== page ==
2. The Covenant of Redemption. Temporally speaking, the covenant of redemption was formed in eternity past, but Christ actually obeyed its terms in His incarnate life (2 Tim 1:9-10). Logically speaking, however, the covenant of redemption comes after the covenant of works because Christ undoes what Adam did in the fall. That’s why Paul speaks of Adam as the federal head of the human race and only then, after speaking of Adam, does Paul speak of Christ as the federal head of His people. “For as by the one man’s disobedience the many were made sinners, so by the one man’s obedience, the many will be made righteous” (Rom 5:19). Christ answers the problem Adam created in the covenant of works. That’s why Paul calls Christ the “last Adam” (1 Cor 15:45), referring to His work in the covenant of redemption.
The covenant of redemption was an arrangement, principally between the Father and the Son, about the redemption of the elect. Our Lord Jesus covenanted with the Father to do what Adam failed to do. As a substitute for the elect, Jesus agreed to obey the Ten Commandments perfectly to merit justification, and to suffer condemnation and death to satisfy the penalty of the violated law. For Christ, this covenant of redemption was a covenant of works, not a covenant of grace. He had to obey the terms of this covenant in order to satisfy the law’s penalty of death and to earn the law’s blessing of life, and His resurrection proves that He earned justification and eternal life for all His beloved chosen people. This is Christ’s substitutionary work of perfect law-keeping, which is the very basis of free and gracious justification by faith alone. Jesus did what Adam and his descendants failed to do so that we only need to trust Him to be justified and reconciled to our holy God. Christ’s perfect obedience in the covenant of redemption also merited the work of the Holy Spirit within the elect to give them the subjective experience of life in sanctification.
The Scripture explicitly calls this arrangement between the Father and Christ a “covenant.” In Luke 22:29, Jesus says, “I assign [diatithemai] to you, as my Father assigned [dietheto] to me, a kingdom.” The word “diatheme” can mean “to make a covenant or to enter into a covenant.” And here Jesus tells us that the Father made a covenant with Him to give Him a kingdom. The arrangement between the Father and the Son is also called a “covenant” in Isaiah 54:10, referring to the work of Christ to make peace between God and men in Isaiah 53. Many passages speak of this covenantal arrangement between the Father and the Son (Ps 40:6-8; Is 42:1-9; 49:1-26; Jn 4:34; 5:30; 6:38; 10:17-18; 17:1-5; Eph 1:3-14).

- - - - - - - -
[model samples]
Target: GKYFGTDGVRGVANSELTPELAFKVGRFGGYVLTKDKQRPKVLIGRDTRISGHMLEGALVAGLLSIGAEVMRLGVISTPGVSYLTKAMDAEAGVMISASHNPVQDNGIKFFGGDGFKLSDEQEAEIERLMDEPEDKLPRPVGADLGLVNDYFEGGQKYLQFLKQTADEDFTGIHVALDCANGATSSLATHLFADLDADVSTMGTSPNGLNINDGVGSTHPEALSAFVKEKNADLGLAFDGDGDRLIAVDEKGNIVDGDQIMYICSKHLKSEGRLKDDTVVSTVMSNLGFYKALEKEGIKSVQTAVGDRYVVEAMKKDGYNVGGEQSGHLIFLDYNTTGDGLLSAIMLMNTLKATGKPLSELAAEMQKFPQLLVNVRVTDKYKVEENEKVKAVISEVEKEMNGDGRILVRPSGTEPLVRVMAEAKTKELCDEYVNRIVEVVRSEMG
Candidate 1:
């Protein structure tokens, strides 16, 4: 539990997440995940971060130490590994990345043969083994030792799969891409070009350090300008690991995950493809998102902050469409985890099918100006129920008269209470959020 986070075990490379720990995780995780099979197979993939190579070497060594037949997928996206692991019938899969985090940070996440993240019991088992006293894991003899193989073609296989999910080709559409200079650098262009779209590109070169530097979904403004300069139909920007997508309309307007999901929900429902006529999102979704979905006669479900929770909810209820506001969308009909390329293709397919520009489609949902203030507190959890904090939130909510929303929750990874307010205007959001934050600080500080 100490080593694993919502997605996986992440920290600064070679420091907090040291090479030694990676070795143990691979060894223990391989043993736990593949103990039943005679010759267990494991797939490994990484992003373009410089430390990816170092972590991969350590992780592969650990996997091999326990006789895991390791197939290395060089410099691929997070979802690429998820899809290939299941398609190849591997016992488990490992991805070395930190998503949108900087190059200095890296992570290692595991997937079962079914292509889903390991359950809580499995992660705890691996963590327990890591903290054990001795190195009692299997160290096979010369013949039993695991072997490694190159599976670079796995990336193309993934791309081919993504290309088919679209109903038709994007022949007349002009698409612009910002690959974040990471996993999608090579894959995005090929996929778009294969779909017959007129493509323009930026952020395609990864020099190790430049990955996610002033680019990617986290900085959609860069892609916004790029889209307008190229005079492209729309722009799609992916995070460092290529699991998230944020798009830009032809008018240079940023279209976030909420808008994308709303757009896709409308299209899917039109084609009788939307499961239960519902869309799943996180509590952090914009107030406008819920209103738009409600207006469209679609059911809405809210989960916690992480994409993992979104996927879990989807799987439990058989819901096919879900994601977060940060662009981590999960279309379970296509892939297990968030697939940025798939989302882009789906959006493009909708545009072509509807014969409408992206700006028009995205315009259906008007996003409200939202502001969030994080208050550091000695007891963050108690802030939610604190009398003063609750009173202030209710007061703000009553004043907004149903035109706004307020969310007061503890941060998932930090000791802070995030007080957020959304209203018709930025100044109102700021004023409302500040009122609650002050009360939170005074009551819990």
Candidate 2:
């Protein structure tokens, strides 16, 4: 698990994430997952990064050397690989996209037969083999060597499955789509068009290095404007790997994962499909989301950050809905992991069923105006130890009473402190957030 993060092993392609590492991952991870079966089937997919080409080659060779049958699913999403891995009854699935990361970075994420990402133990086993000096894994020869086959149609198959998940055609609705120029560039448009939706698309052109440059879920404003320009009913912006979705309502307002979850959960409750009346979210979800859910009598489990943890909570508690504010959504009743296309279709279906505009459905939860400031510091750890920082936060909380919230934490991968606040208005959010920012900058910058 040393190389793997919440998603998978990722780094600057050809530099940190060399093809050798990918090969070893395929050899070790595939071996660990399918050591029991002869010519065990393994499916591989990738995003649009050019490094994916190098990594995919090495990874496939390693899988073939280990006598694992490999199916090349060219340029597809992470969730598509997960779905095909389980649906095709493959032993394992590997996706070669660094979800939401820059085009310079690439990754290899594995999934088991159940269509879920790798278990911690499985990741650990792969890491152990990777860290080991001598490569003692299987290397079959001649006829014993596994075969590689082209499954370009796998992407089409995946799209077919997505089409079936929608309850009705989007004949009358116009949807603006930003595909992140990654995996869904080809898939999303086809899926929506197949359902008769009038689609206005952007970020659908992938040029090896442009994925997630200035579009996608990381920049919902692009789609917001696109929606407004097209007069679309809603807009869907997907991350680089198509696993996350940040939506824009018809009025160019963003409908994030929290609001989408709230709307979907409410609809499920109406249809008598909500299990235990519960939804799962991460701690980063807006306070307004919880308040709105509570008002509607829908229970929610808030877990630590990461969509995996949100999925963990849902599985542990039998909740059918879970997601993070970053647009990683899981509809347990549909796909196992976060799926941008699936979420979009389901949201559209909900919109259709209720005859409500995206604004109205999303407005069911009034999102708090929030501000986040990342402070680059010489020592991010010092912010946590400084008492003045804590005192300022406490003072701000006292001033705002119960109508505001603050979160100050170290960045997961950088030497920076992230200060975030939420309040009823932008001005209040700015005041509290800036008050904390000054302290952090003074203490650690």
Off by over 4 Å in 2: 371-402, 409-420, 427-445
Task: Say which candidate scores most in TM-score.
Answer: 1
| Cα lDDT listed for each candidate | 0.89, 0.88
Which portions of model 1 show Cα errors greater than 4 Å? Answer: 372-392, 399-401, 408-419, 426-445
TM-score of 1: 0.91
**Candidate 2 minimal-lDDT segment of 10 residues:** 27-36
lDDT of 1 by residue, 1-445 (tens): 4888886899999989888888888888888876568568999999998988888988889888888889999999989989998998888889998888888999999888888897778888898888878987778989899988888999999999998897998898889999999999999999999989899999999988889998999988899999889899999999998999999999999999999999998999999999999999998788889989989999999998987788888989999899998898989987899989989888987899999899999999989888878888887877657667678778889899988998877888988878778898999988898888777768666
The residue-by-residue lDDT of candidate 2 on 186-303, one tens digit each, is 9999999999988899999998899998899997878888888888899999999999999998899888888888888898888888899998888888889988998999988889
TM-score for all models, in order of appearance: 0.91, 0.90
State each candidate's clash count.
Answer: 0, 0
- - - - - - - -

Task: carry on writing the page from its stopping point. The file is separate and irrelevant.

The Second London Baptist Confession teaches the covenant of redemption between the Father and the Son. It says “This covenant is revealed in the gospel . . . and it is founded in that eternal covenant transaction that was between the Father and the son about the redemption of the elect; it is alone by the grace of this covenant that all of the posterity of fallen Adam that ever were saved did obtain life and blessed immortality, man being now utterly incapable of acceptance with God upon those terms on which Adam stood in his state of innocency” (7.3).
In summary, Adam sinned against God’s law in the covenant of works and so failed to obtain justification and life for those covenantally united to him, and instead brought condemnation and death upon them. But Christ perfectly obeyed God’s law in the covenant of redemption, earning its blessing and paying its penalty, and so merited justification and sanctification for the elect who are all united to Him in time.
3. The Covenant of Grace. Founded upon the covenant of redemption with Christ, God made the covenant of grace with His elect people for their salvation from condemnation and punishment. This covenant of grace was inaugurated in Genesis 3:15, immediately after the fall, when God promised His people that the Seed of the woman would crush the head of the serpent. This covenant is revealed by farther steps throughout the Old Testament (eg., Isa 61:8-10; Hab 2:4), such that Old Testament saints were saved only by this one covenant of grace. Hebrews 9:15-17 explains that the covenant of grace saved those in the old covenant but that it was legally established at the death of Christ and the inauguration of the new covenant.
“Therefore, he is the mediator of a new covenant, so that those who are called may receive the promised eternal inheritance, since a death has occurred that redeems them from the transgressions committed under the first covenant. For where a will is involved the death of the one who made it must be established. For a will takes effect only at death, since it is not in force as long as the one who made it is alive” (Hebrews 9:15-17).